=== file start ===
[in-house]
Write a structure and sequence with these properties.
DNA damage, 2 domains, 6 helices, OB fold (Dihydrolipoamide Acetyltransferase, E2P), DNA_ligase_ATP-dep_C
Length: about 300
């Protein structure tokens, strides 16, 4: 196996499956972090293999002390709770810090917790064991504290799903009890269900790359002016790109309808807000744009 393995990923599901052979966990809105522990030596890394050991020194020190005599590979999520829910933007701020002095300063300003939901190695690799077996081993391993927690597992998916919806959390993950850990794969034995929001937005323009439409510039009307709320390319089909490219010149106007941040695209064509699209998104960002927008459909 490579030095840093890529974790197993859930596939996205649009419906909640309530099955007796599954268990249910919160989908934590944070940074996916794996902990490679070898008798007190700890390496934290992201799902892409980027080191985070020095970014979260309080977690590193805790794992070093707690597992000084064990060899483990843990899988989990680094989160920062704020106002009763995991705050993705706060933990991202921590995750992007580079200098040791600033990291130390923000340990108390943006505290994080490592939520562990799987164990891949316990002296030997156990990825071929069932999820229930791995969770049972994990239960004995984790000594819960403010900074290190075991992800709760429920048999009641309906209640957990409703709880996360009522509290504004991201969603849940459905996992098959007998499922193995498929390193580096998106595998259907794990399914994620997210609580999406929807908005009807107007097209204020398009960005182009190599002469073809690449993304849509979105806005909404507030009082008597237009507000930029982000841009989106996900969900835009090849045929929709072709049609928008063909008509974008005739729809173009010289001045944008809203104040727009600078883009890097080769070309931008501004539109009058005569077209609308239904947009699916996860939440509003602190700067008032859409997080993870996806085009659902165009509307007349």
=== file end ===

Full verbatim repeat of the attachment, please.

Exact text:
[in-house]
Write a structure and sequence with these properties.
DNA damage, 2 domains, 6 helices, OB fold (Dihydrolipoamide Acetyltransferase, E2P), DNA_ligase_ATP-dep_C
Length: about 300
């Protein structure tokens, strides 16, 4: 196996499956972090293999002390709770810090917790064991504290799903009890269900790359002016790109309808807000744009 393995990923599901052979966990809105522990030596890394050991020194020190005599590979999520829910933007701020002095300063300003939901190695690799077996081993391993927690597992998916919806959390993950850990794969034995929001937005323009439409510039009307709320390319089909490219010149106007941040695209064509699209998104960002927008459909 490579030095840093890529974790197993859930596939996205649009419906909640309530099955007796599954268990249910919160989908934590944070940074996916794996902990490679070898008798007190700890390496934290992201799902892409980027080191985070020095970014979260309080977690590193805790794992070093707690597992000084064990060899483990843990899988989990680094989160920062704020106002009763995991705050993705706060933990991202921590995750992007580079200098040791600033990291130390923000340990108390943006505290994080490592939520562990799987164990891949316990002296030997156990990825071929069932999820229930791995969770049972994990239960004995984790000594819960403010900074290190075991992800709760429920048999009641309906209640957990409703709880996360009522509290504004991201969603849940459905996992098959007998499922193995498929390193580096998106595998259907794990399914994620997210609580999406929807908005009807107007097209204020398009960005182009190599002469073809690449993304849509979105806005909404507030009082008597237009507000930029982000841009989106996900969900835009090849045929929709072709049609928008063909008509974008005739729809173009010289001045944008809203104040727009600078883009890097080769070309931008501004539109009058005569077209609308239904947009699916996860939440509003602190700067008032859409997080993870996806085009659902165009509307007349």